On January 23, 2023, the Federal Trade Commission (the “FTC”) announced that it will (i) increase the dollar-based thresholds that determine whether parties are required to notify federal antitrust authorities about a transaction under the Hart-Scott-Rodino Antitrust Improvements Act (“HSR”) and (ii) revise the HSR filing fee schedule. The FTC is required to revise various HSR thresholds annually based on the change in gross national product. The new thresholds will go into effect on February 27, 2023. The following are some of the more important changes:
- The threshold for the “size of transaction” test will be increased from $101 million to $111.4 million. A transaction may be reportable if the value of the voting securities, non-corporate interests and/or assets held as a result of the transaction is above this threshold and it meets the “size of person” test.
- The “size of person” test will generally be met if either the acquiring or acquired party has annual net sales or total assets of at least $222.7 million and the other party has annual net sales or total assets of at least $22.3 million, with one exception – an acquired party not engaged in manufacturing must satisfy this test on the basis of the value of its assets alone if its annual net sales are less than $222.7 million. These thresholds were previously $202 million and $20.2 million, respectively.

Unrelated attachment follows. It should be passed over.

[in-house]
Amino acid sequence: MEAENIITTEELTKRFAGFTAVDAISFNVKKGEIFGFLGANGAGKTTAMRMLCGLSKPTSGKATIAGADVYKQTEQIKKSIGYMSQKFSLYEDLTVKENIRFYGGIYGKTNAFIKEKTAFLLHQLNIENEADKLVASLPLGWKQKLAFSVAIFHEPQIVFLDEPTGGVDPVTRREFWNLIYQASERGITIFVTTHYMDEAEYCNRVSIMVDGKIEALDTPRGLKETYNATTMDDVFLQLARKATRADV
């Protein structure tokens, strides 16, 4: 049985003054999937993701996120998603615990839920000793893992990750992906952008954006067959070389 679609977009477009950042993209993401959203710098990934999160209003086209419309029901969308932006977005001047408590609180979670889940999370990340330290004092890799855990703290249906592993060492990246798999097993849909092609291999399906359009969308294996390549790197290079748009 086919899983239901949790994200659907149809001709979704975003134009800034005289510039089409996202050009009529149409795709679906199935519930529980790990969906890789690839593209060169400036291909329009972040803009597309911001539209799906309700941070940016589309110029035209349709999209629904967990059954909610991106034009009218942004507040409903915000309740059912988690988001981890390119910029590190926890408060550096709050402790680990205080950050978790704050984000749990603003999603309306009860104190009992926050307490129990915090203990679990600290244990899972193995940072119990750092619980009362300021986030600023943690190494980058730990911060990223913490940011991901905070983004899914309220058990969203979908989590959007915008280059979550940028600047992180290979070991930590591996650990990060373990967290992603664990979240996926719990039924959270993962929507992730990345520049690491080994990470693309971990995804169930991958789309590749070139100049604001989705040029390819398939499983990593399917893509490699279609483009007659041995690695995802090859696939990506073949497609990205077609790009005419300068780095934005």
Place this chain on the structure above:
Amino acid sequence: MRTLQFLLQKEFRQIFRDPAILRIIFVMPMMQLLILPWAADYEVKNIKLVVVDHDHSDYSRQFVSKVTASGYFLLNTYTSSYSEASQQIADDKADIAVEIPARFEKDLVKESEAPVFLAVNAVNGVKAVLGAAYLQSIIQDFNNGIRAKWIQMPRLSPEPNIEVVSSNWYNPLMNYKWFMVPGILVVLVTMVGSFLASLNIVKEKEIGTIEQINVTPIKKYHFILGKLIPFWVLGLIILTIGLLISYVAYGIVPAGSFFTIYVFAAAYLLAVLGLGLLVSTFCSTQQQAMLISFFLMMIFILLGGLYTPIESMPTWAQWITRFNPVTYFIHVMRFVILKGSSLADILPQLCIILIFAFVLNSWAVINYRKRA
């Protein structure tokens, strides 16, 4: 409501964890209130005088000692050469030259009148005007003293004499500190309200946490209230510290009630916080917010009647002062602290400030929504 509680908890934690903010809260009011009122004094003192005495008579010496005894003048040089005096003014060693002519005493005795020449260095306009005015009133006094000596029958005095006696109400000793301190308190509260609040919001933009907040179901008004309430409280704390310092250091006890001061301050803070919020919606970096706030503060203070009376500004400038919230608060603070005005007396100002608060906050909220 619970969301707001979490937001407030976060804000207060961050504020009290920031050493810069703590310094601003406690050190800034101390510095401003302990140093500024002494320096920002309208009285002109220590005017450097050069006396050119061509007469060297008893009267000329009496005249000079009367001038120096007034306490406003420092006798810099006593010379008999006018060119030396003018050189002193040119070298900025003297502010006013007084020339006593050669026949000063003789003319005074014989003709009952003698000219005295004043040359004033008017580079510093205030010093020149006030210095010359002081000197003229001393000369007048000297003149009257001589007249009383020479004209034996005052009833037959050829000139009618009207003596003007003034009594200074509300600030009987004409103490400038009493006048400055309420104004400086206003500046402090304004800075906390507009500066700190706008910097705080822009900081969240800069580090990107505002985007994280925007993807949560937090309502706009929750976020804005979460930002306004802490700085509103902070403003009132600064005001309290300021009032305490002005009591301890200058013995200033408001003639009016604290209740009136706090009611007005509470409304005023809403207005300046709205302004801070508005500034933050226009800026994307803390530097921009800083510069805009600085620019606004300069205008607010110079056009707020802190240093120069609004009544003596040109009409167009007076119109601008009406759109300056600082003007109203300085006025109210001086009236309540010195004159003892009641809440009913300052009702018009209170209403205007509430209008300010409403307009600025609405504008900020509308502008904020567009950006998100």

- Satisfaction of the “size of person” test will not be required, however, if the transaction is valued at more than $445.5 million (previously $403.9 million). Such transactions are reportable unless an exemption applies.
- The HSR filing fee structure has also been revised. There will now be a six-tier fee structure, with the filing fee decreasing for certain transactions and the maximum fee increasing dramatically for transactions valued at or above $5 billion. The new fee schedule is as follows:
The new HSR threshold modifications also apply to certain other thresholds and exemptions. Click here to read a full copy of the FTC’s announcement, including all of the revised thresholds.
Parties contemplating a transaction are strongly encouraged to seek legal advice to determine if the transaction triggers an HSR filing obligation pursuant to the revised thresholds. The failure to file when required to do so can subject parties to significant penalties.
If you have any questions concerning the foregoing, HSR generally or any exemptions therefrom, please contact your Seward & Kissel relationship attorney.